July 8, 2017


Could a 7-year-old have picked the food you’re eating? The law says no. Workers say yes.


By Madison Iszler

Jacqueline Castillo was 7 when she started picking tobacco in Wayne County, about 55 miles southeast of Raleigh.

Castillo, her mother and four older siblings would wake up around 5:30 a.m., pack a lunch and wait for a van to pick them up and take them to the fields.

With a permanently dislocated left arm, Castillo struggled to pluck the white flowers off the top of the leafy green plants. She often experienced splitting headaches, nausea and dizziness – common symptoms of green tobacco sickness, a type of nicotine poisoning farm workers call “the green monster.” It occurs when nicotine is absorbed through the skin.

Despite the plastic trash bags she wore over her clothes for protection, Castillo felt sick nearly every day.

But she and dozens of other workers would labor until sunset, exhausted and drenched in sweat. Back at home, they would shower and scrub their clothes to wash away the chemicals from nicotine and pesticides.

They worked 40 to 60 hours a week harvesting tobacco from May to October. Then it was sweet potato season.

“This is not what I want to do for the rest of my life,” Castillo, now 19, said. “I do not want to depend on a job like this to survive.”

Every year, North Carolina relies on roughly 80,000 farmworkers to harvest tobacco, sweet potatoes, Christmas trees, fruit, cucumbers and vegetables. They also work on hog and poultry farms and in factories, greenhouses and nurseries. Some advocacy groups put that number closer to 150,000.

These workers, mostly Latino migrants and immigrants, make up an invisible workforce that puts food on dinner tables and props up the state’s economy. Agriculture contributes $84 billion annually to North Carolina’s economy and comprises more than 17 percent of the state’s income, according to the N.C. Department of Agriculture.

They receive little pay, and the work is hot, thankless and sometimes dangerous and unsanitary. The government and some tobacco companies have made improvements, but some say little change has trickled down.

Some of these immigrant workers are children, although no one knows for sure how many.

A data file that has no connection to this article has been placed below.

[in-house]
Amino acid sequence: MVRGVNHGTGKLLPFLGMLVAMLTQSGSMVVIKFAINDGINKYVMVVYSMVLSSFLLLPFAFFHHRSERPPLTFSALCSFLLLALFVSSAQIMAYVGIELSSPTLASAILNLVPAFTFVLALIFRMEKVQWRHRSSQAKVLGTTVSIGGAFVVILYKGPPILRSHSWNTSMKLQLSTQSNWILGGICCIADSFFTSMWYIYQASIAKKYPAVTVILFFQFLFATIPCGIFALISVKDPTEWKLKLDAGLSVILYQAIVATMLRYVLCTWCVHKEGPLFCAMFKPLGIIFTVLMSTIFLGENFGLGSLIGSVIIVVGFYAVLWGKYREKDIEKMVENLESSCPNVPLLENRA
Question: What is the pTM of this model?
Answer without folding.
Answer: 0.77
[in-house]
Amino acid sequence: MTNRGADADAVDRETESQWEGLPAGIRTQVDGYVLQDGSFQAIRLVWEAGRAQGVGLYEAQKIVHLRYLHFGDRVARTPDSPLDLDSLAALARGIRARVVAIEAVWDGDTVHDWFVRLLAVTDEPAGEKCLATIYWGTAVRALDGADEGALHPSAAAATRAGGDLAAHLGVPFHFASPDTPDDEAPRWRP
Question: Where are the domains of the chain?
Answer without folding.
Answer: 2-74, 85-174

Most industries won’t hire workers under 14 and establish specific time restrictions for youth, but under federal labor laws children 12 and older can work in agriculture without a work permit for an unlimited number of hours outside of school with permission from a parent.

If their parent is employed on a farm or gives them permission, kids under 12 can work in nonhazardous jobs on farms exempt from the Fair Labor Standards Act minimum wage. Children aged 10 or 11 can work in short-season crops under specific waivers granted by the U.S. Department of Labor.

Employers who violate child labor laws could be forced to pay up to $10,000 to the U.S. Department of Labor for each underage employee. But not all farmers follow the rules and may never be caught, depending on whether their farm is inspected and oftentimes whether their fields are visible to drivers.

“You can barely spot us, because we’re really small and short,” Castillo said. “There’s still a lot of 7-, 12-, 13-year-olds working. I don’t think it’s ever going to change.”

In 2014, Human Rights Watch published a report on the hazards of nicotine poisoning for young tobacco workers. The group interviewed 141 children between the ages of 7 to 17 in four prominent tobacco-producing states, including North Carolina. Nearly 75 percent reported experiencing nausea, vomiting, headaches, skin rashes and other symptoms, many of them consistent with acute nicotine poisoning.

As a result, some tobacco companies changed their guidelines. Altria Group and Reynolds American adopted policies banning their growers from hiring children under 16, and two of the largest U.S. tobacco growers’ associations implemented similar initiatives. In 2015, the Environmental Protection Agency changed its worker protection standards to require annual pesticide training and forbid people under 18 from applying pesticides.

But despite the adjustments, advocacy groups and farmworkers say few changes have trickled down and underage children are still working. Anti-child labor organizations say that working in agriculture poses health and safety risks for children, but many farmers grew up working on their parents’ farmers and argue that farming ingrains the value of hard work from an early age.